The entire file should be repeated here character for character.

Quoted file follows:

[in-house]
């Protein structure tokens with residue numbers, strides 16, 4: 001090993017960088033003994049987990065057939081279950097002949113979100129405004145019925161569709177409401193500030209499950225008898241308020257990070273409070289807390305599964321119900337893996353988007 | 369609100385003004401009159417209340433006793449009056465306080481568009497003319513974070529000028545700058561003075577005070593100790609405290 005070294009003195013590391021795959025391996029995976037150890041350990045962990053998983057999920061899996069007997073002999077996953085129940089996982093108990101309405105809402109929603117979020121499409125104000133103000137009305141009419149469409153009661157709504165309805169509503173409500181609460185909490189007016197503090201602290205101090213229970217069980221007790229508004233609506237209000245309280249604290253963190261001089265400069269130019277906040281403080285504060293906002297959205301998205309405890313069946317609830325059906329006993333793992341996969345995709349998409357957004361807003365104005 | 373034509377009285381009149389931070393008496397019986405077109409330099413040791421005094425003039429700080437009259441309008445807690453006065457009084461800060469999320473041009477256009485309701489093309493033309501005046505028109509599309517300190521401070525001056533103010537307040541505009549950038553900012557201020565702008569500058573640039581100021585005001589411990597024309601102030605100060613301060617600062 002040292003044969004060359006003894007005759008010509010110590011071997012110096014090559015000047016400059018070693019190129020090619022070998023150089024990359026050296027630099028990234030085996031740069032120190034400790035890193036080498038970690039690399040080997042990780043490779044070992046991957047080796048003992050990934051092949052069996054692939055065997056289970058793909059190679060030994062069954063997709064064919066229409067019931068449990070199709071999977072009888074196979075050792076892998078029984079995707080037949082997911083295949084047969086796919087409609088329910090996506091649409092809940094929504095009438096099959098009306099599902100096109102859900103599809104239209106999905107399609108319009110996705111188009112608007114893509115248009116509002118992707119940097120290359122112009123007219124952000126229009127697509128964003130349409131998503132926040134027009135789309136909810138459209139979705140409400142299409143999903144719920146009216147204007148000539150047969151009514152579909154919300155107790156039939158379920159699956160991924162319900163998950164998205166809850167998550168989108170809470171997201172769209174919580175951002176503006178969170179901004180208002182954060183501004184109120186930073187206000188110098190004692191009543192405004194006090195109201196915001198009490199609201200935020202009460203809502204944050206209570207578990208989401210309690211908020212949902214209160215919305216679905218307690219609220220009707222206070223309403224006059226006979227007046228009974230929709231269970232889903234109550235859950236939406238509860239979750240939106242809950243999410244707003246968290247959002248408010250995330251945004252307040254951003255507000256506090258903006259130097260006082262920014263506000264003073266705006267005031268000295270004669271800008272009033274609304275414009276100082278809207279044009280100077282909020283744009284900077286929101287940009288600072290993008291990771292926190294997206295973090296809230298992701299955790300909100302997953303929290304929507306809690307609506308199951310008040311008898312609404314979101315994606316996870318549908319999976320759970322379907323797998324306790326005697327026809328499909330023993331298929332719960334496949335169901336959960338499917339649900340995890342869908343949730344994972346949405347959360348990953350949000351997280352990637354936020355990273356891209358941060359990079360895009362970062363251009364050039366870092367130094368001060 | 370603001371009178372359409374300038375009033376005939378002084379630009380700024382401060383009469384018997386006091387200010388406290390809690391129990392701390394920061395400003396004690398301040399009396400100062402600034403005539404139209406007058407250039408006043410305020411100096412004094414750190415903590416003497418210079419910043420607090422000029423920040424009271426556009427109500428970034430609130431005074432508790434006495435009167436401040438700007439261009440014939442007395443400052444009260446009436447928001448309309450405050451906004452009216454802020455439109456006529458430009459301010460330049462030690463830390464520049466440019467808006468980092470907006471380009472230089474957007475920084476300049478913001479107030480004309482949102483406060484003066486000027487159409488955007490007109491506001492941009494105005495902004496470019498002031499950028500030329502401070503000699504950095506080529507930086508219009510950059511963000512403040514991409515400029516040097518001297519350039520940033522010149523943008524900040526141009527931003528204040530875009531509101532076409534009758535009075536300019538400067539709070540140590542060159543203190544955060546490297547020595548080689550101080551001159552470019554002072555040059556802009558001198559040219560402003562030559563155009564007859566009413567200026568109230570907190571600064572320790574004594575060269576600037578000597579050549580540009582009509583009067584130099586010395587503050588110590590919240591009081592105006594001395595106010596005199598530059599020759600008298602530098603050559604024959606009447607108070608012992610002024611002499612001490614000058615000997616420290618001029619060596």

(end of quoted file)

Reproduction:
[in-house]
């Protein structure tokens with residue numbers, strides 16, 4: 001090993017960088033003994049987990065057939081279950097002949113979100129405004145019925161569709177409401193500030209499950225008898241308020257990070273409070289807390305599964321119900337893996353988007 | 369609100385003004401009159417209340433006793449009056465306080481568009497003319513974070529000028545700058561003075577005070593100790609405290 005070294009003195013590391021795959025391996029995976037150890041350990045962990053998983057999920061899996069007997073002999077996953085129940089996982093108990101309405105809402109929603117979020121499409125104000133103000137009305141009419149469409153009661157709504165309805169509503173409500181609460185909490189007016197503090201602290205101090213229970217069980221007790229508004233609506237209000245309280249604290253963190261001089265400069269130019277906040281403080285504060293906002297959205301998205309405890313069946317609830325059906329006993333793992341996969345995709349998409357957004361807003365104005 | 373034509377009285381009149389931070393008496397019986405077109409330099413040791421005094425003039429700080437009259441309008445807690453006065457009084461800060469999320473041009477256009485309701489093309493033309501005046505028109509599309517300190521401070525001056533103010537307040541505009549950038553900012557201020565702008569500058573640039581100021585005001589411990597024309601102030605100060613301060617600062 002040292003044969004060359006003894007005759008010509010110590011071997012110096014090559015000047016400059018070693019190129020090619022070998023150089024990359026050296027630099028990234030085996031740069032120190034400790035890193036080498038970690039690399040080997042990780043490779044070992046991957047080796048003992050990934051092949052069996054692939055065997056289970058793909059190679060030994062069954063997709064064919066229409067019931068449990070199709071999977072009888074196979075050792076892998078029984079995707080037949082997911083295949084047969086796919087409609088329910090996506091649409092809940094929504095009438096099959098009306099599902100096109102859900103599809104239209106999905107399609108319009110996705111188009112608007114893509115248009116509002118992707119940097120290359122112009123007219124952000126229009127697509128964003130349409131998503132926040134027009135789309136909810138459209139979705140409400142299409143999903144719920146009216147204007148000539150047969151009514152579909154919300155107790156039939158379920159699956160991924162319900163998950164998205166809850167998550168989108170809470171997201172769209174919580175951002176503006178969170179901004180208002182954060183501004184109120186930073187206000188110098190004692191009543192405004194006090195109201196915001198009490199609201200935020202009460203809502204944050206209570207578990208989401210309690211908020212949902214209160215919305216679905218307690219609220220009707222206070223309403224006059226006979227007046228009974230929709231269970232889903234109550235859950236939406238509860239979750240939106242809950243999410244707003246968290247959002248408010250995330251945004252307040254951003255507000256506090258903006259130097260006082262920014263506000264003073266705006267005031268000295270004669271800008272009033274609304275414009276100082278809207279044009280100077282909020283744009284900077286929101287940009288600072290993008291990771292926190294997206295973090296809230298992701299955790300909100302997953303929290304929507306809690307609506308199951310008040311008898312609404314979101315994606316996870318549908319999976320759970322379907323797998324306790326005697327026809328499909330023993331298929332719960334496949335169901336959960338499917339649900340995890342869908343949730344994972346949405347959360348990953350949000351997280352990637354936020355990273356891209358941060359990079360895009362970062363251009364050039366870092367130094368001060 | 370603001371009178372359409374300038375009033376005939378002084379630009380700024382401060383009469384018997386006091387200010388406290390809690391129990392701390394920061395400003396004690398301040399009396400100062402600034403005539404139209406007058407250039408006043410305020411100096412004094414750190415903590416003497418210079419910043420607090422000029423920040424009271426556009427109500428970034430609130431005074432508790434006495435009167436401040438700007439261009440014939442007395443400052444009260446009436447928001448309309450405050451906004452009216454802020455439109456006529458430009459301010460330049462030690463830390464520049466440019467808006468980092470907006471380009472230089474957007475920084476300049478913001479107030480004309482949102483406060484003066486000027487159409488955007490007109491506001492941009494105005495902004496470019498002031499950028500030329502401070503000699504950095506080529507930086508219009510950059511963000512403040514991409515400029516040097518001297519350039520940033522010149523943008524900040526141009527931003528204040530875009531509101532076409534009758535009075536300019538400067539709070540140590542060159543203190544955060546490297547020595548080689550101080551001159552470019554002072555040059556802009558001198559040219560402003562030559563155009564007859566009413567200026568109230570907190571600064572320790574004594575060269576600037578000597579050549580540009582009509583009067584130099586010395587503050588110590590919240591009081592105006594001395595106010596005199598530059599020759600008298602530098603050559604024959606009447607108070608012992610002024611002499612001490614000058615000997616420290618001029619060596």